The Fourth Circuit decision in Taylor serves once again as precedent. There, the court also held: "It follows that the certificate was not incontestable since Mr. Taylor did not live for two years after its date of issuance." 448 F.2d at 1378. Accord, Reliance Life Insurance Co. v. Everglades Discount Co., 204 F.2d 937, 942 (5th Cir. 1953); Greenbaum v. Columbian National Life Insurance Co. of Boston, 62 F.2d 56, 58 (2d Cir. 1932); George Washington Life Insurance Co. v. Adams, 514 S.W.2d 205, 206 (Ky.1972). Whether or not the insurance ever became effective as to Suskind, a matter that the defendant contests and upon which we express no view, his death in 1974 means that he failed to satisfy the two-year requirement that is a precondition to operation of the second sentence of the incontestability clause. Thus, the death of Walter Suskind prior to the expiration of the period after the insurance allegedly became effective as to him suspended the operation of the incontestability clause as to his individual insurance coverage, and neither of the defenses alleged is barred.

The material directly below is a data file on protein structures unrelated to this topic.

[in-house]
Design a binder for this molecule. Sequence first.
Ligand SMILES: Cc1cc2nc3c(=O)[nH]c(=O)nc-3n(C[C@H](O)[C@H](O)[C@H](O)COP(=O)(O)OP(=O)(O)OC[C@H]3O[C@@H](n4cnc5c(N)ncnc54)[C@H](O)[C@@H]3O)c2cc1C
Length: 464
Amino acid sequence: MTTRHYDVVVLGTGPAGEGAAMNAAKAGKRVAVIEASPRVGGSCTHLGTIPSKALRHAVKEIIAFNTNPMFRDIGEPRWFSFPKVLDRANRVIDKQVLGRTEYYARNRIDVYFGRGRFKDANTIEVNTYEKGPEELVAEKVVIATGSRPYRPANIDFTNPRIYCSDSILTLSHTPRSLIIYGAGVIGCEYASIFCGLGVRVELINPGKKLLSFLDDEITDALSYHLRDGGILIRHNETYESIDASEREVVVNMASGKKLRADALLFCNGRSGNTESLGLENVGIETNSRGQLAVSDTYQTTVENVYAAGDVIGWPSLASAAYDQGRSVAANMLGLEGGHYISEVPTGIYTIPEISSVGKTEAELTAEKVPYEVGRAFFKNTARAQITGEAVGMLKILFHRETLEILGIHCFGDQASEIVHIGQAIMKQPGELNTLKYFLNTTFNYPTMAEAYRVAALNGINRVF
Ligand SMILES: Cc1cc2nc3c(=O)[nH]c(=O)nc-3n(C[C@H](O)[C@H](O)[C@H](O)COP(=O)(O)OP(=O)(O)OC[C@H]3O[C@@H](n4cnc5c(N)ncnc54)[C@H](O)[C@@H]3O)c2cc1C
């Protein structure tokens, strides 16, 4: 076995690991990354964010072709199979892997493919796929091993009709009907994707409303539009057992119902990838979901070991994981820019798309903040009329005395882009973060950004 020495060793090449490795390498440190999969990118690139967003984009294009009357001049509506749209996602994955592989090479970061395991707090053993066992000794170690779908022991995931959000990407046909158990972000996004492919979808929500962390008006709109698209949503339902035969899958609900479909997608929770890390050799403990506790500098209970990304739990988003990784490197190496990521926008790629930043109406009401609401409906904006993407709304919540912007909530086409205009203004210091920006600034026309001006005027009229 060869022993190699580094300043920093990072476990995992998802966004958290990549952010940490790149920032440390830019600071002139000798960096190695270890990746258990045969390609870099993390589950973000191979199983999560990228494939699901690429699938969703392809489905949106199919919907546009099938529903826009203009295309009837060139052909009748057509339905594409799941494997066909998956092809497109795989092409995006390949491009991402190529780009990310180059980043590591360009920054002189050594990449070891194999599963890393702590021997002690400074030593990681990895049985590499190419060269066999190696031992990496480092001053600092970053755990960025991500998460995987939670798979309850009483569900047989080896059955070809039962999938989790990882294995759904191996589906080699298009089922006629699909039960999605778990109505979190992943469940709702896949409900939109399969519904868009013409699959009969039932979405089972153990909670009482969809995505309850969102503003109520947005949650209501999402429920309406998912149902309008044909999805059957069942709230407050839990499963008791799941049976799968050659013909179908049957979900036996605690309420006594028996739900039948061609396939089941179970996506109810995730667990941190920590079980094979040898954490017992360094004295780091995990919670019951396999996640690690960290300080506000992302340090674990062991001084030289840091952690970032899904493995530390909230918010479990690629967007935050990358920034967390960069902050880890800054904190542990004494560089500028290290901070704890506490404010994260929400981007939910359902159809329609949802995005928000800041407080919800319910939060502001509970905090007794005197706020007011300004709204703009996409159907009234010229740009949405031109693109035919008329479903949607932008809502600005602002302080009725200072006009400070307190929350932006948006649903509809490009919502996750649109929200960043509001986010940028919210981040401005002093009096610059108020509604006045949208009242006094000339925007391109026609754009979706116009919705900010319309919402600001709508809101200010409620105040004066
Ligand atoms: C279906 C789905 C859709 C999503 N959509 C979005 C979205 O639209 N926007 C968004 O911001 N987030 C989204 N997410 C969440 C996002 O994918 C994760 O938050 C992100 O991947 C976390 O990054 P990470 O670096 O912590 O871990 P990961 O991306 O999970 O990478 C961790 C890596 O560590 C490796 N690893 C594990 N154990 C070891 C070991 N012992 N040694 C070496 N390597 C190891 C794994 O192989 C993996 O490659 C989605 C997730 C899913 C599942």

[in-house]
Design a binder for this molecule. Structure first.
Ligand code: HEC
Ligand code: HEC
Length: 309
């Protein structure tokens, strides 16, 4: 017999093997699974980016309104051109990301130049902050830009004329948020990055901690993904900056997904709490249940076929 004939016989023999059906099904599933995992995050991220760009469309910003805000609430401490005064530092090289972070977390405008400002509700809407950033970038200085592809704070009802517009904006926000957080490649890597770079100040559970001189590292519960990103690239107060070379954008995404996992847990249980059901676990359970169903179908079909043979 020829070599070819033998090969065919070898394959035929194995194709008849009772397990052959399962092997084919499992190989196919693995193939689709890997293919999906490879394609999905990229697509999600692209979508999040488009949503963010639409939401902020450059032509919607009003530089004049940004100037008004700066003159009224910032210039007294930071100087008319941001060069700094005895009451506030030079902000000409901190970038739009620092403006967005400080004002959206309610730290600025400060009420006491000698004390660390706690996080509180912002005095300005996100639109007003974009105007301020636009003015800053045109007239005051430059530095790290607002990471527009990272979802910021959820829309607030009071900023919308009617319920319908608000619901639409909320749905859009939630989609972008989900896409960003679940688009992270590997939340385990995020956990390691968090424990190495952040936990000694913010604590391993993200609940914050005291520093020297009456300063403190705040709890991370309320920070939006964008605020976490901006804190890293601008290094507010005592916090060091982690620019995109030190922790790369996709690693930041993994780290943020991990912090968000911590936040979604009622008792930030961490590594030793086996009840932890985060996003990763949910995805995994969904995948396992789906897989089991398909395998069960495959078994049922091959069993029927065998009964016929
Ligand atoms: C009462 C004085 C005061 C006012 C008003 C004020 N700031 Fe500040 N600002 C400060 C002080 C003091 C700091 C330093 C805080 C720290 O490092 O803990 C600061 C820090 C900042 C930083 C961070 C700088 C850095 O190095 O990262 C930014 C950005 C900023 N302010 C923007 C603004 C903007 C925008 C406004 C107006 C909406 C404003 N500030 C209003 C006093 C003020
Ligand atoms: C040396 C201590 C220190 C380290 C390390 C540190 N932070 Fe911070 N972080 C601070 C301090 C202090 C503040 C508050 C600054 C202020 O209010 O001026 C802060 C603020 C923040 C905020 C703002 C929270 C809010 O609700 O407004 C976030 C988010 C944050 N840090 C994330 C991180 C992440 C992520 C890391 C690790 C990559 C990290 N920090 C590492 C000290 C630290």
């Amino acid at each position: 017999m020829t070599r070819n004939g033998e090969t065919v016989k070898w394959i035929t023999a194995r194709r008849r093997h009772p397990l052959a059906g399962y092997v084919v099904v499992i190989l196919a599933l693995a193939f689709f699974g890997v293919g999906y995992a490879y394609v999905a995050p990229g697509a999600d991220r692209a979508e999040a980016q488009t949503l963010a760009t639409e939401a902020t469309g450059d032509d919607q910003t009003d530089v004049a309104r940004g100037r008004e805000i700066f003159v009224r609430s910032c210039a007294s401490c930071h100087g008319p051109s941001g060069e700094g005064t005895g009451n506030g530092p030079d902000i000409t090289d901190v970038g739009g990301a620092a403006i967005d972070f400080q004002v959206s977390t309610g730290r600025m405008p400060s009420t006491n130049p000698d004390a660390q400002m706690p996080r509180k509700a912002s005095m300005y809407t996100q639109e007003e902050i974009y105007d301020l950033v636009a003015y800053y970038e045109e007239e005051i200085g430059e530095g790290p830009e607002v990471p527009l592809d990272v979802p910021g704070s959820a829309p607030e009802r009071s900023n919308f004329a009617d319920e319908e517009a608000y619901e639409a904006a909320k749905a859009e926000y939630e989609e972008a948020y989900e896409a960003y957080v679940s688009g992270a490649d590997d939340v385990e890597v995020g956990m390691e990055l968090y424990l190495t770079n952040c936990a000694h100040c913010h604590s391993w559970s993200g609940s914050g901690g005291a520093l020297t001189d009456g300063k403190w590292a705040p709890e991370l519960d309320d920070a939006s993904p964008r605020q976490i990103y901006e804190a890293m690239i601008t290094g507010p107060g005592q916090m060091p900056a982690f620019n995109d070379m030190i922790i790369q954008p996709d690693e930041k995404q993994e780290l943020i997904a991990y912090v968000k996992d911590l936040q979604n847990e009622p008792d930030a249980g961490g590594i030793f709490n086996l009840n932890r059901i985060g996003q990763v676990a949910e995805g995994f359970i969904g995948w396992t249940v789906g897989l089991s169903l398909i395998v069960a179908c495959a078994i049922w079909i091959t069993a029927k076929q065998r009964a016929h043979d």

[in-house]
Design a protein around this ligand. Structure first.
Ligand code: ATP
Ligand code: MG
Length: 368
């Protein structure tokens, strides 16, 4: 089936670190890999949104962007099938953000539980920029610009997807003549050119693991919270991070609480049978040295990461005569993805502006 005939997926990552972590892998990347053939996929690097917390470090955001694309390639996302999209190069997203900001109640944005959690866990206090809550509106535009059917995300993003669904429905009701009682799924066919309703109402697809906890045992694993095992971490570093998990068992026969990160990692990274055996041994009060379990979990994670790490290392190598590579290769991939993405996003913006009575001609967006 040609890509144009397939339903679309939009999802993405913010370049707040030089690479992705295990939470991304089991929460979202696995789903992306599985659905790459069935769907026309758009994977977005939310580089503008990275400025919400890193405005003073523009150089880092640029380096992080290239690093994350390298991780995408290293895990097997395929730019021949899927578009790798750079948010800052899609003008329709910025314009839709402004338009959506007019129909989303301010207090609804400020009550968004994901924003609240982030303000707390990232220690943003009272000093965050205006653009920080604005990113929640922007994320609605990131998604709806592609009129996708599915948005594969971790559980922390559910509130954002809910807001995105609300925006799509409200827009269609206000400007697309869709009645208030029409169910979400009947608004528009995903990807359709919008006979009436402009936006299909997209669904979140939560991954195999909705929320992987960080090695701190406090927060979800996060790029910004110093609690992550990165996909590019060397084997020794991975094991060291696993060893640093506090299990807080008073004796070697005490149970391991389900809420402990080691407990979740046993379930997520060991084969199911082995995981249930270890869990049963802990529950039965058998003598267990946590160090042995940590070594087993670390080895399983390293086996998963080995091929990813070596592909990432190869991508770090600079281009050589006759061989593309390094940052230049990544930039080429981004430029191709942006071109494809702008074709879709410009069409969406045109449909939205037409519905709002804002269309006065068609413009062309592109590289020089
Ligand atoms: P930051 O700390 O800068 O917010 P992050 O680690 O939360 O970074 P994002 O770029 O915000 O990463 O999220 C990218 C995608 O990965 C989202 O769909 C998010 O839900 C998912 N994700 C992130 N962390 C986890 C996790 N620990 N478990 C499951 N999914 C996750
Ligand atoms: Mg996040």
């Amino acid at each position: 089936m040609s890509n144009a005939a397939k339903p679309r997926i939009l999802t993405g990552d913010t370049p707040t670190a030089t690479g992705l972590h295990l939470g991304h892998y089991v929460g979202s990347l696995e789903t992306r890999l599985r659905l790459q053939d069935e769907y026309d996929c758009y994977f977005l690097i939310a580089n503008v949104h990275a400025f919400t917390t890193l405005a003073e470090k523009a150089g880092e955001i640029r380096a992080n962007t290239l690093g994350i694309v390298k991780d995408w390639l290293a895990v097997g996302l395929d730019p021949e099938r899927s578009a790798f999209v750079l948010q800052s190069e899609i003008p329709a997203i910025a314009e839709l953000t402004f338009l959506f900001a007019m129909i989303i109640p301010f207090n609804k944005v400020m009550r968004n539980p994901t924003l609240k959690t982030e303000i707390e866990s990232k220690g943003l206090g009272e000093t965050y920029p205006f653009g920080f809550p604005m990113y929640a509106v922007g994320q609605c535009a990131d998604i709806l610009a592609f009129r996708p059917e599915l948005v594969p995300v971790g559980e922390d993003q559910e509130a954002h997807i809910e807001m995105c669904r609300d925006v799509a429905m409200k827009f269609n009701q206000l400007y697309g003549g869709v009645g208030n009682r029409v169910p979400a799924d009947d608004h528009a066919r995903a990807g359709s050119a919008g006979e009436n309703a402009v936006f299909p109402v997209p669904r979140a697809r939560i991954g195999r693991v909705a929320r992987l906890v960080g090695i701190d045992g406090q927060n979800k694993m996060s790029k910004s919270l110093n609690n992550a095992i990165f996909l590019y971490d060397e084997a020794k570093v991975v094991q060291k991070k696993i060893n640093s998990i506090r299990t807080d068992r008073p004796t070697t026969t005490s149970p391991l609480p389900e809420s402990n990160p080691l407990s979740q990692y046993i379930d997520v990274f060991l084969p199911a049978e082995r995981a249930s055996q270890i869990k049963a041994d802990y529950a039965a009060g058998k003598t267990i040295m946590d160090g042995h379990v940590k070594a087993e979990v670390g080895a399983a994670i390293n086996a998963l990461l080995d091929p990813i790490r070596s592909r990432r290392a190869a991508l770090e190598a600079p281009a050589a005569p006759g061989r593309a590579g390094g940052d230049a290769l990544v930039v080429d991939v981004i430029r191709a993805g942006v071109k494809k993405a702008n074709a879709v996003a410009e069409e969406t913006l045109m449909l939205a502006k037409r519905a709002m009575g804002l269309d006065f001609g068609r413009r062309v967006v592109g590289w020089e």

The parties have briefed and argued the issue alluded to by the district court as to whether the incontestability clause bars a contest to individual coverage under a group policy based on the insured's ineligibility. In First Pennsylvania Banking & Trust Co. v. United States Life Insurance Co., 421 F.2d 959 (3rd Cir. 1969), this court held that Pennsylvania would follow the logic and reasoning of the line of cases holding that the only defenses proscribed were those going to the validity of the policy because of noncompliance with conditions or the falsity of representations or warranties, and that the incontestability clause could not be construed to enlarge the coverage of the policy to compel an insurance company to insure lives it never intended to cover. The clause interpreted in that case did not contain language comparable to that in issue here which makes incontestable after two years' survival the written statements of the insured relating to "insurability" (see note 8 Supra ). There are conflicting decisions in other jurisdictions construing clauses almost identical with that in issue in this case.*fn11 The district court's attempted resolution of the conflicting decisions was based on a construction of the clause which we have concluded was erroneous. The interpretation we place on the incontestability provision in this case relieves us of the necessity of delving into this particular maze, and we decline to do so.